Thanks to the fine folks at the Wabash Center for Teaching and Learning in Religion and Theology, this August I’m beginning a pedagogy and research project connected to my broader research agenda.
My project involves developing the syllabus and core content for a course in the Anabaptist Mennonite Biblical Seminary curriculum that I have agreed to revive: “Ethics for Organizations.” The course is for students focusing on the Leadership Development components of our curriculum who might be MDiv or MA students, and we will likely market the course to other AMBS constituents who are interested in thinking about what happens when human beings organize themselves. Our degree-seeking students are Mennonite, broadly evangelical, and mainline folks, and they are all interested in thinking about organizations as organisms. Many of them value analyzing systems and are sensitive to power dynamics, difference, and social location.
Thus, the students I teach come to AMBS wanting to learn how to think systematically about peace theology, and they want to participate in communities that practice Christian faith in ways that have deep coherence by integrating thinking, being, and doing. Teaching people how to do integrative work is a challenge because it is a “both/and” process. Supporting critical thinking so that students can contrast biblical exegesis with theological reflection is important, and so is helping students understand how these processes work together as we interpret, evaluate, and apply the gospel message to our lives.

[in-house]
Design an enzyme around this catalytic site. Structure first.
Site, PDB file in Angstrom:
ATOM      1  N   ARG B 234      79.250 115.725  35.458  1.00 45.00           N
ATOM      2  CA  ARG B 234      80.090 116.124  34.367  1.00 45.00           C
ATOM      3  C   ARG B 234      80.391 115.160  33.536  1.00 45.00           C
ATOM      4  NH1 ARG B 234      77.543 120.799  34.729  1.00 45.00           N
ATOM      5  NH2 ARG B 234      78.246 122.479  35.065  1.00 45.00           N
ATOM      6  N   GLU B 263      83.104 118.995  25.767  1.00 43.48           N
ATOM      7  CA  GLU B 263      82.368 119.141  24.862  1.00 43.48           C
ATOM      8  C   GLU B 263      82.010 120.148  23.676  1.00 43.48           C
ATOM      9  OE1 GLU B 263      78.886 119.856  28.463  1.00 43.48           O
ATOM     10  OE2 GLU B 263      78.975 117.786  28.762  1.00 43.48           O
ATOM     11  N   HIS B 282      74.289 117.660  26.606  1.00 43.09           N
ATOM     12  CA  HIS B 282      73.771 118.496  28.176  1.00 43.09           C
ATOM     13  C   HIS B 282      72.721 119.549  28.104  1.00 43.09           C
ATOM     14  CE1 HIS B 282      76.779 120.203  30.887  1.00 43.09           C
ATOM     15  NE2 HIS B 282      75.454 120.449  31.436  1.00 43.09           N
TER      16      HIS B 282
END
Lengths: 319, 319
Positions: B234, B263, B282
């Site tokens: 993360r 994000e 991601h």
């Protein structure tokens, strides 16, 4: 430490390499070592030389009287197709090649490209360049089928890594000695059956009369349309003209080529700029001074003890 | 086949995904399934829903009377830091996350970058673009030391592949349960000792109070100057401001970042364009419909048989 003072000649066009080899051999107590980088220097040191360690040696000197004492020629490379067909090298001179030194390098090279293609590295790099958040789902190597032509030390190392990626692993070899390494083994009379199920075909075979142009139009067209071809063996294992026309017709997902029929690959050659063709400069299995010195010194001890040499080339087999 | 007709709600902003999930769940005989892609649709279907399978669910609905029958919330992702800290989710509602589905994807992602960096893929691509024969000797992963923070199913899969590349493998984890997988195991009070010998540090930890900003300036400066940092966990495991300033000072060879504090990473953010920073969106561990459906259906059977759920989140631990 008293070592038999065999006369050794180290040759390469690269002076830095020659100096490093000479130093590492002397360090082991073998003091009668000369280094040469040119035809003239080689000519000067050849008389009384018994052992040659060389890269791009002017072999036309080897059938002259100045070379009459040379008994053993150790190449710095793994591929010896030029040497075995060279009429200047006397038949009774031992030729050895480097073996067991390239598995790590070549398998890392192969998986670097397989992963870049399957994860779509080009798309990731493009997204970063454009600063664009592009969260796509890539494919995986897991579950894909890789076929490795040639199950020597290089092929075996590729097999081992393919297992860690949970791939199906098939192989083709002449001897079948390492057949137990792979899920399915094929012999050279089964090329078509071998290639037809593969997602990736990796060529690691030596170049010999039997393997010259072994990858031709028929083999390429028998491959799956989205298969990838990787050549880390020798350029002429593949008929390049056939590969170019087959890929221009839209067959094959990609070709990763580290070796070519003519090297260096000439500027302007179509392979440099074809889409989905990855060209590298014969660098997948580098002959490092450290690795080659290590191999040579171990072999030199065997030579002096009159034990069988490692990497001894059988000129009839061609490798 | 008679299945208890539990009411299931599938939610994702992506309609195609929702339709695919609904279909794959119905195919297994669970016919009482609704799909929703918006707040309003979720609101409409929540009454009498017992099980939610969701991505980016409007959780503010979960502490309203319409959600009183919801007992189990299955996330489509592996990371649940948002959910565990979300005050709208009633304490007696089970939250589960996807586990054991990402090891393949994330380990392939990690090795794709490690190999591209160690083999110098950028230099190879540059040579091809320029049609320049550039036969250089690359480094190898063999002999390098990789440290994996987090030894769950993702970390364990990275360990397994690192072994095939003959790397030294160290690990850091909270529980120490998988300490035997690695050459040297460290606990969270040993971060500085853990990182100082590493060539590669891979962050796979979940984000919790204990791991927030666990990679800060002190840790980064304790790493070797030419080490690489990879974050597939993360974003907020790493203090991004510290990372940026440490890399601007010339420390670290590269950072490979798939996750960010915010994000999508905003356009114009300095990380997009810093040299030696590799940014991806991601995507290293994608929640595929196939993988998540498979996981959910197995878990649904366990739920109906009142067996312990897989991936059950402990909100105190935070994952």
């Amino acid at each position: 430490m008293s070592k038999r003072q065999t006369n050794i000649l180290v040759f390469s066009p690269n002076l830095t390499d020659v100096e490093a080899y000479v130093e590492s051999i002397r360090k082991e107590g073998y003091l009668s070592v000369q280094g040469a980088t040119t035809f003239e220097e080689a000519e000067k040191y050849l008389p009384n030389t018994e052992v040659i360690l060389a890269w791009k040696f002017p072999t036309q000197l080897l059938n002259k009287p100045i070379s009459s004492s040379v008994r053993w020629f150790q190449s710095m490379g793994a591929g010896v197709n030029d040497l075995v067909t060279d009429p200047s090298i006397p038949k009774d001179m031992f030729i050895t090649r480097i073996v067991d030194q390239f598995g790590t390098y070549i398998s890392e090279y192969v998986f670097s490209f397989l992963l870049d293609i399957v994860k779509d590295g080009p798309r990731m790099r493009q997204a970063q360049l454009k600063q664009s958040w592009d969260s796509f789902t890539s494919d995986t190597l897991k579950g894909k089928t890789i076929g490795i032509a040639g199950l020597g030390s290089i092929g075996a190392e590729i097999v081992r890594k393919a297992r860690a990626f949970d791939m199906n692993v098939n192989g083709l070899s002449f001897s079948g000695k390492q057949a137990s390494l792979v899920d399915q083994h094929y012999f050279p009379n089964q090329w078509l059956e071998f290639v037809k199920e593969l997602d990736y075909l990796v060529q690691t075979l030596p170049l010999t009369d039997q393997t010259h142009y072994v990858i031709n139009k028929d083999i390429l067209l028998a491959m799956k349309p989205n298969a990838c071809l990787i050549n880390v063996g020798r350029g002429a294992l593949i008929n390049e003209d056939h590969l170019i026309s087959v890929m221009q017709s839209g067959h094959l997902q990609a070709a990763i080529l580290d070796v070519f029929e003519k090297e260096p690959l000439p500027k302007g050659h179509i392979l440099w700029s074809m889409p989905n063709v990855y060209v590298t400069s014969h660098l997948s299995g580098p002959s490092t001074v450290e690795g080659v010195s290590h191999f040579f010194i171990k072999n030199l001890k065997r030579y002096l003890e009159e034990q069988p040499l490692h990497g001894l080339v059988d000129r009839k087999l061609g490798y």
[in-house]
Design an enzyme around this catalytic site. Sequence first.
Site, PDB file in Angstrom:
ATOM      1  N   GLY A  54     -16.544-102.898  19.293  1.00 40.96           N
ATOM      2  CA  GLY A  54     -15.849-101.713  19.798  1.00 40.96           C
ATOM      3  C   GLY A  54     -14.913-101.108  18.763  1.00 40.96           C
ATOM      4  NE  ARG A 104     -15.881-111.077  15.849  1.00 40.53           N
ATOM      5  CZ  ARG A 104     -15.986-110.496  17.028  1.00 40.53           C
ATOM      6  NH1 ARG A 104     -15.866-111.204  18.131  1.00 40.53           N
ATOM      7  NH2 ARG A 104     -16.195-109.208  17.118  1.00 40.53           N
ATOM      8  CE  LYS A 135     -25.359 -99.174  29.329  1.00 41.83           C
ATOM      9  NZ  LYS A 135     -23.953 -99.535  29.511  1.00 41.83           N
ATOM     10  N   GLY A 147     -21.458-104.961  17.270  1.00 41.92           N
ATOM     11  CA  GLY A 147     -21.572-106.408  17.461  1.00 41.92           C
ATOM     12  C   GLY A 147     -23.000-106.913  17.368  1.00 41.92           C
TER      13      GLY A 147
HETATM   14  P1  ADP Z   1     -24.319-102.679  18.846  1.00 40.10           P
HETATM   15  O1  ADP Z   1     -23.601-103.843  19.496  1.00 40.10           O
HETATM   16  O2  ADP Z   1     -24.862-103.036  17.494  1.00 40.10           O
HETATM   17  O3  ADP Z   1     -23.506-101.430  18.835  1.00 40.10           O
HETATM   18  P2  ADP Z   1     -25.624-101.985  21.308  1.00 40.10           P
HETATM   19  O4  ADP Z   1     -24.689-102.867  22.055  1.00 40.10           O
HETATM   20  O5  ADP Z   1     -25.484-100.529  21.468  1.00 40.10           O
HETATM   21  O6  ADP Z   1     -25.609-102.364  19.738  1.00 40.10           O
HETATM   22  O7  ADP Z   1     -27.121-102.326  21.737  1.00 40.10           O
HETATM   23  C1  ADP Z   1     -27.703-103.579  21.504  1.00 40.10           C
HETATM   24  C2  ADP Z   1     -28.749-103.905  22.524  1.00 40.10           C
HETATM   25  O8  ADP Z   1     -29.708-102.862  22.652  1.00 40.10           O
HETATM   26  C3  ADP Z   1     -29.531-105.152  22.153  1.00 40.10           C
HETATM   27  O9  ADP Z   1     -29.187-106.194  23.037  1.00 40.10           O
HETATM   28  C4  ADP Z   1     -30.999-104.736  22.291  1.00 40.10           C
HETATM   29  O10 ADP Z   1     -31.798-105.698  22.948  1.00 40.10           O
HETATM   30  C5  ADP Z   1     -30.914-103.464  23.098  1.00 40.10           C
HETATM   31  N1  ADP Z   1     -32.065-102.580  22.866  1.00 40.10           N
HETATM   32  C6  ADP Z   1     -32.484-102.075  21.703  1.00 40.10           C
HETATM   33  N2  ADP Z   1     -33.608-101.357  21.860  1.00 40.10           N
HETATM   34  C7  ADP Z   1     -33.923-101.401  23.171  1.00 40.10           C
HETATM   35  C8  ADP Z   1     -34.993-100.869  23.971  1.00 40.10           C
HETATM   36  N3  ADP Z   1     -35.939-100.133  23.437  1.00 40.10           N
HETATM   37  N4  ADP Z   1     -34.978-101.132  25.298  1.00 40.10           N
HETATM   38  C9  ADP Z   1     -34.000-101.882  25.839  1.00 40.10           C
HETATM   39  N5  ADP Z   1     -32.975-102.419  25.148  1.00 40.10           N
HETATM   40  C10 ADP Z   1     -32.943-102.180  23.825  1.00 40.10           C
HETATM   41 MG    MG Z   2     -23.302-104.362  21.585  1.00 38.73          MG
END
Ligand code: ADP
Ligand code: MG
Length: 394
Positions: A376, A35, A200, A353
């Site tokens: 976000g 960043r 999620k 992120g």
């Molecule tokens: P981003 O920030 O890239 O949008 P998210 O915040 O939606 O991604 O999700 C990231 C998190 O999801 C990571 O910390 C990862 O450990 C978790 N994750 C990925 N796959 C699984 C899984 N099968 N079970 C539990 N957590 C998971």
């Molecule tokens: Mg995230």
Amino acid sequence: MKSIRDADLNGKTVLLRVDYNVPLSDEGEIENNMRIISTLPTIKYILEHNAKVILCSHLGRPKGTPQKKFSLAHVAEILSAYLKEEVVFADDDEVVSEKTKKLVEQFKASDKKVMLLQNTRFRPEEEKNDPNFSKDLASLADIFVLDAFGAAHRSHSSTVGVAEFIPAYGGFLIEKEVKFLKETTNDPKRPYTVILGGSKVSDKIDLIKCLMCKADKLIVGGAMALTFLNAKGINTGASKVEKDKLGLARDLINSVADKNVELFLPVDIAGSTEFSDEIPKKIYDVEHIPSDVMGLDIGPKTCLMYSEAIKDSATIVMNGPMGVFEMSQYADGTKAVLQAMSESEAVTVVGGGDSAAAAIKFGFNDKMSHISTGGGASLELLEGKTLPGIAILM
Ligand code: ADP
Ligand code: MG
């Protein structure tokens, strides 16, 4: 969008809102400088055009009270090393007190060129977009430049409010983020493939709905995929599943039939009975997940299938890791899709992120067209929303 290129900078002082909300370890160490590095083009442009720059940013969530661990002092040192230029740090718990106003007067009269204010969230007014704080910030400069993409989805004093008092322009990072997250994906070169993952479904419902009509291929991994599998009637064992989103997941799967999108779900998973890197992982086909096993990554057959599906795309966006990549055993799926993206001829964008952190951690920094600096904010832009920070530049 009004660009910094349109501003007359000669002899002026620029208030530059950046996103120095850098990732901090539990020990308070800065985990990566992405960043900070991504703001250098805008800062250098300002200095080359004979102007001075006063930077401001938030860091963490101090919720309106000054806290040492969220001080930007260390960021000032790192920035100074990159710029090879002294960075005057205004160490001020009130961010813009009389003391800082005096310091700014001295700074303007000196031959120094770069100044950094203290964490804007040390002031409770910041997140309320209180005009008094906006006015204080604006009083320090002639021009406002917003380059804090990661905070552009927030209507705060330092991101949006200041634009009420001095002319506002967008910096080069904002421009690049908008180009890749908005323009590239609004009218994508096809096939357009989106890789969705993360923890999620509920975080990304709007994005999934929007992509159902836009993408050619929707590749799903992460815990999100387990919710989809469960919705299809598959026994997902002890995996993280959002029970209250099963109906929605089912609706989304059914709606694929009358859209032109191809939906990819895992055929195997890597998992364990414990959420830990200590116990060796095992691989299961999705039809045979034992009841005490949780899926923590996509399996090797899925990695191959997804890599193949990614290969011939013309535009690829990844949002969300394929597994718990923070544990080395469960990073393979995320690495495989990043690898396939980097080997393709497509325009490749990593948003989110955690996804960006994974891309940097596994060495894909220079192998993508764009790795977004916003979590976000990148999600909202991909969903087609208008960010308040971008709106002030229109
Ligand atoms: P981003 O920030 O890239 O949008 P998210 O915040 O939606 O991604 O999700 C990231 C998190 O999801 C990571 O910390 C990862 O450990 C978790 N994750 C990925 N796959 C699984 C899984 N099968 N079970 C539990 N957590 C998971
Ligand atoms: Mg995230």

With the help of the Summer Fellowship, preparing for and teaching this course will allow me to do two things. First, learn how to lead and teach Circle Process, a practice of nonviolence and ethical integrity. The practicum I’ll be participating in as part of my project has a four-part focus that informs the training and content: social infrastructure of conversation; energetics of interaction; challenges to process; and setting vision, discerning reality, and naming intention.
Second, articulate my critique of Mennonites’ appropriation of Robert K. Greenleaf’s Servant Leadership paradigm. These two things are part of my larger teaching and research project to develop a constructive, systematic peace theology I call shalom political theology.
My hope is that students enrolled in Ethics for Organizations will, through the wisdom of Circle Process, develop skills to use their power and enact their authority nonviolently without undermining their position as organizational leaders. In other words, I want them to uncover and face their hangups about “being in charge.” How? The course’s content and format — organizational ethics taught in a three-week January session — call for creative pedagogical practices like structuring and running the course based on organizational ethics I want students to put into practice.
I anticipate that my research will help students see how and why Servant Leadership alone is not sufficient for achieving effective, ethical organizational culture. While this paradigm is an important turn away from autocratic, corporate leadership, when Christian groups and organizations uncritically declare themselves servant-leaders, they all too easily sanction dysfunctional behaviors that lead to lousy organizational ethics and even systemic forms of violence. How can we uphold the values of leadership that eschews corporate concern for the bottom line (shareholder dividends) while also building leadership patterns defined by deeply Christian ethics committed to nonviolence? This is the question and problem at the heart of this project.
Naming my hunches and finding ways to turn them into meaningful paths of inquiry for communal learning is huge part of who I am and how I do my work. I have found as a student, teaching assistant, and professor that teaching and learning have been most effective for me, my peers, and my students when the content of a course shapes how it is taught.
photo | “Cornflowers” by Henry Hemming | Creative Commons License: CC BY